January 01, 2003

Russia after Nord-Ost



How does a bimonthly magazine on Russian culture, history and society respond to a gruesome act of terrorism? Or to a rescue operation that sacrificed so many lives? What stories do we pursue if an event will be two months “old” when our magazine reaches subscribers? What can we say that other publications have not already said?

We faced these sorts of questions last fall, in the agonizing and angst-filled days after the hostage crisis in Moscow’s Dubrovka theater. Our answers are embodied in the lead story you find in this issue.

Our decision was not to dwell on the repurcussions of the crisis, on the secrets and lies which nourish power, or on the horrific war in Chechnya which led to this terrorist act. We decided that such stories would be either too obvious or time-sensitive. Instead, we focused on more enduring, less controversial, and thus less explored issues. We wondered how recent events have affected those who profess Islam, Russia’s second largest faith community. The significance of Islam in Russia will, alone, be news to many readers. And the stories we brought back from the mosques offer an interesting glimpse into this slice of Russian society.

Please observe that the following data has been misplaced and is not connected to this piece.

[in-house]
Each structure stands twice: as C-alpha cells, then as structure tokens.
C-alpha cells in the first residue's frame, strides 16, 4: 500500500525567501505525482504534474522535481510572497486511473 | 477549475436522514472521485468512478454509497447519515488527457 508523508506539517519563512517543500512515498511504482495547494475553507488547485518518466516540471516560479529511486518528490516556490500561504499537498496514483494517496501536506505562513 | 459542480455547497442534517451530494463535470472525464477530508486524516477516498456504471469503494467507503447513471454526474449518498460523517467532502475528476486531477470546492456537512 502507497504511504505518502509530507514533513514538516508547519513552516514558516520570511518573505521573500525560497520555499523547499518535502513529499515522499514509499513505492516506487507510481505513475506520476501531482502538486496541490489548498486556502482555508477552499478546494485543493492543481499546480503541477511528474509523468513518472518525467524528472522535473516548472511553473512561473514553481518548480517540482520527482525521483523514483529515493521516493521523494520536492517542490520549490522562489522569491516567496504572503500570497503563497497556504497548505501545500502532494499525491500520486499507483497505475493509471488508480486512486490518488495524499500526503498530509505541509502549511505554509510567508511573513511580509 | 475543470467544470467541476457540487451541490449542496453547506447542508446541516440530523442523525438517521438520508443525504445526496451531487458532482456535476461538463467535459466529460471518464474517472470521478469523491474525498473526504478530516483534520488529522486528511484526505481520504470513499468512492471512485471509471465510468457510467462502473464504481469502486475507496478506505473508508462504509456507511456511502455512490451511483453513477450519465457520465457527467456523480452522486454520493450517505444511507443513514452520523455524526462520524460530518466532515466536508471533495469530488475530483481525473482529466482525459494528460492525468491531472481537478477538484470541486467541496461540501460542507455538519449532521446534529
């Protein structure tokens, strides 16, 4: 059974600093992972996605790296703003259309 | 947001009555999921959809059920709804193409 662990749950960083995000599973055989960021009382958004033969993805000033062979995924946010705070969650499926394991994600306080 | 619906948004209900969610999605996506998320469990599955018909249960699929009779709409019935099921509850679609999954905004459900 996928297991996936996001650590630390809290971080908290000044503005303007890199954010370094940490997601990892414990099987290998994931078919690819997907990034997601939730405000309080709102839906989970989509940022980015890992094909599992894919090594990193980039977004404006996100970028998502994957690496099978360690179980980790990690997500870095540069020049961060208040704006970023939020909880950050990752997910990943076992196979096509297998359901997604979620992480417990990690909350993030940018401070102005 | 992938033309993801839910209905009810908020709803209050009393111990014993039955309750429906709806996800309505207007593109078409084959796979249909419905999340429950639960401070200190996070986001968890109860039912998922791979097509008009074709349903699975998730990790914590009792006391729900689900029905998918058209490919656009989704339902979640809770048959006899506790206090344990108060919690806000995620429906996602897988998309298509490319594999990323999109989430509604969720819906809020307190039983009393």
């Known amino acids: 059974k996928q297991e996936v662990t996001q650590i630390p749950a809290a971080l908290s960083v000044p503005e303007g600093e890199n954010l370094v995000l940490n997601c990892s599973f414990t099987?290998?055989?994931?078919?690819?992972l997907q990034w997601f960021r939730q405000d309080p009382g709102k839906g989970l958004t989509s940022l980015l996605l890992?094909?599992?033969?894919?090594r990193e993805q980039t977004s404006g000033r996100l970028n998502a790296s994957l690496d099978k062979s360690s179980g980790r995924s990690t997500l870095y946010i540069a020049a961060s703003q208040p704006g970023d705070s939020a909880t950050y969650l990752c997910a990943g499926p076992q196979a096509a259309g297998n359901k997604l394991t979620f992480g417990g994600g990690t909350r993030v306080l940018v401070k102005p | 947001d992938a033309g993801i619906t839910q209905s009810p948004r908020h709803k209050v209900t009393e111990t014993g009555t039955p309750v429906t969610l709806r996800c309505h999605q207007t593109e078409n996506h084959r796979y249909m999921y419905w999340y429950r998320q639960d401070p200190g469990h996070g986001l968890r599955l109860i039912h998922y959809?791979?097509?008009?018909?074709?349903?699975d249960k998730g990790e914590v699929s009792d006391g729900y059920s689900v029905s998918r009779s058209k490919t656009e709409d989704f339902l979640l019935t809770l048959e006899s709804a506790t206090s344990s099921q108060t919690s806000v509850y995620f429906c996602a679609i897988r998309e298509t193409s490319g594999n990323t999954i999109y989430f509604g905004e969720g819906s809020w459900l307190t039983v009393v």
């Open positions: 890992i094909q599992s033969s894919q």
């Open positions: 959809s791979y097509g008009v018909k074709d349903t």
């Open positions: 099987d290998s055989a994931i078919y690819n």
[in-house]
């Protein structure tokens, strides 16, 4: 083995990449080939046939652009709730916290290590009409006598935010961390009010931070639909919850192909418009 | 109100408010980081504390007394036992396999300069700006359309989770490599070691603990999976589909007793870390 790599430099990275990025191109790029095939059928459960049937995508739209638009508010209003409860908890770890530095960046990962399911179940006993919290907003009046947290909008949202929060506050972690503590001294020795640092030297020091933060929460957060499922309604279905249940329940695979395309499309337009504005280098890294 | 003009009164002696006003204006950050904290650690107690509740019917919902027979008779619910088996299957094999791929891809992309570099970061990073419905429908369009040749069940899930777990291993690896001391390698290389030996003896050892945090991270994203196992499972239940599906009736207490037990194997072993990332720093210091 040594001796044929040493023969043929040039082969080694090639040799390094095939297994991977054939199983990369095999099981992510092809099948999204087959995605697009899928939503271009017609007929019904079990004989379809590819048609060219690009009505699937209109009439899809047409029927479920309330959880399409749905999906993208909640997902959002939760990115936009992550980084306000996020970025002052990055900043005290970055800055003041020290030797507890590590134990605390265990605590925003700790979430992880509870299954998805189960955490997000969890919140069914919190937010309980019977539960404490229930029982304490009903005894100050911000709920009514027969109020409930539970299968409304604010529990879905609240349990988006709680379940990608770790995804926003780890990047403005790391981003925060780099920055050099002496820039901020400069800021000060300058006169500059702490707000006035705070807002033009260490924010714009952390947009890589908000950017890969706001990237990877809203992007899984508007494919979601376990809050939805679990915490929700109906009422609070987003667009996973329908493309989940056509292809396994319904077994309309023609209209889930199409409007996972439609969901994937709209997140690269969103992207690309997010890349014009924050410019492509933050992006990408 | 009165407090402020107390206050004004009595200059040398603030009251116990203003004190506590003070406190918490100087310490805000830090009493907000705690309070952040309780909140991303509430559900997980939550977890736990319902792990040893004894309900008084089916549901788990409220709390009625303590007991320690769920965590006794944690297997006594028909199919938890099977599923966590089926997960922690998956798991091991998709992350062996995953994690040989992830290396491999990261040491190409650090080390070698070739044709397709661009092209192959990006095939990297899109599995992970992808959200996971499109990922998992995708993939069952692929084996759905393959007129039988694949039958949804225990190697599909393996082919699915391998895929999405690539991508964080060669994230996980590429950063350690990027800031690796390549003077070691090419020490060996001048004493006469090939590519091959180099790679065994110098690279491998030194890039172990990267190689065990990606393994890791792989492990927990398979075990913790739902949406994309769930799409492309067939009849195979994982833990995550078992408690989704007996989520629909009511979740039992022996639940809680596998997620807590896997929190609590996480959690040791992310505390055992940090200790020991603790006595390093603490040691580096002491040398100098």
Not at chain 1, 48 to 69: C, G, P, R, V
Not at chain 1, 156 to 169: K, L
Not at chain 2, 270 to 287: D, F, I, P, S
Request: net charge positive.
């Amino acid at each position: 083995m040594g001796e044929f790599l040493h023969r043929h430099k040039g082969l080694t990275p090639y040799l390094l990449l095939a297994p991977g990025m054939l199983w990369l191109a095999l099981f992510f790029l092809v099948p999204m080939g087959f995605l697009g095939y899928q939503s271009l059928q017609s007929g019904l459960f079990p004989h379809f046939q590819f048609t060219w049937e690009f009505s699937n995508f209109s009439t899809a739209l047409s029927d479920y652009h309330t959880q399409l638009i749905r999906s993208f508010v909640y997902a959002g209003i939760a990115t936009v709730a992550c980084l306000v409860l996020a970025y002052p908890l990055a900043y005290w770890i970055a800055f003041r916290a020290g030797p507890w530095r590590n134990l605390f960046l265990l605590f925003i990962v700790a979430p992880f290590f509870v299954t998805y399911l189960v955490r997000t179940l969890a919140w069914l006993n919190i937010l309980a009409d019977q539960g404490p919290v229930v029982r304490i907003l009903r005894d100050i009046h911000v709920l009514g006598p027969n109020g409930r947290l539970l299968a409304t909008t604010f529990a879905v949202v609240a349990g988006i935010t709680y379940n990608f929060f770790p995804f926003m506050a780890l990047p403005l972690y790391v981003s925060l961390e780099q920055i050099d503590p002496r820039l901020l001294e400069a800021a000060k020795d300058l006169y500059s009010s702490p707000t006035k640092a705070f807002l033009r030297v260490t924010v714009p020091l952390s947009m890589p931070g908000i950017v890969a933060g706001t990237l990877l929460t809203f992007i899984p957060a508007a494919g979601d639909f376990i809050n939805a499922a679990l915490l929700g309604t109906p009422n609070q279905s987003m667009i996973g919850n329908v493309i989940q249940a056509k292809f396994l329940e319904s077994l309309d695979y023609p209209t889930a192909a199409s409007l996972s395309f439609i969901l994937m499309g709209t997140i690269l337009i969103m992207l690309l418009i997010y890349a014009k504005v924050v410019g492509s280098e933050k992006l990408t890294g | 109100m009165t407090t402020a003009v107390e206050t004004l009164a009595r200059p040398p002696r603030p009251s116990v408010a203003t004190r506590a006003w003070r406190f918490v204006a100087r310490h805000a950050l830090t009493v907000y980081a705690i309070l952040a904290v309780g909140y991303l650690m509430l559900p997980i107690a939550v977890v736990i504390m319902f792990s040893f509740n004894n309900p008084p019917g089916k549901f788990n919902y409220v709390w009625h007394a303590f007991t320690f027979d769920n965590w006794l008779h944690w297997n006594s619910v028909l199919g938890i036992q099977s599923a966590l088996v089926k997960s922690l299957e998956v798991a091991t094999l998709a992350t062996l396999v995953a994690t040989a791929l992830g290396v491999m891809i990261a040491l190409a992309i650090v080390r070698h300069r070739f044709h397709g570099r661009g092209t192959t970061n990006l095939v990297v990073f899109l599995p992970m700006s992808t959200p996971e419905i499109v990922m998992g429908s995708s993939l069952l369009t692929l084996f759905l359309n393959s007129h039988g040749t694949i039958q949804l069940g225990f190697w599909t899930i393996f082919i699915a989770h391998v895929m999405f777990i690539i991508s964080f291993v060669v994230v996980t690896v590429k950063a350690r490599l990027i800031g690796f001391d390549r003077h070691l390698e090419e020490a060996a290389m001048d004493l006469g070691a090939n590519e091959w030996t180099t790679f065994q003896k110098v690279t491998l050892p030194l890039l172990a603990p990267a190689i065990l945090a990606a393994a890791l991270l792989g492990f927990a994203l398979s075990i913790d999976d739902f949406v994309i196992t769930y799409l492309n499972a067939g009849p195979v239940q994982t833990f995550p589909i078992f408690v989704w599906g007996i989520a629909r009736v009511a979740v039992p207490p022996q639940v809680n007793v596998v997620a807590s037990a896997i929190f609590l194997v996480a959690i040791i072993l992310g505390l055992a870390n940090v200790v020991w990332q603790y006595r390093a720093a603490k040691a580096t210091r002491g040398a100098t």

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About Us

Russian Life is a publication of a 30-year-young, award-winning publishing house that creates a bimonthly magazine, books, maps, and other products for Russophiles the world over.

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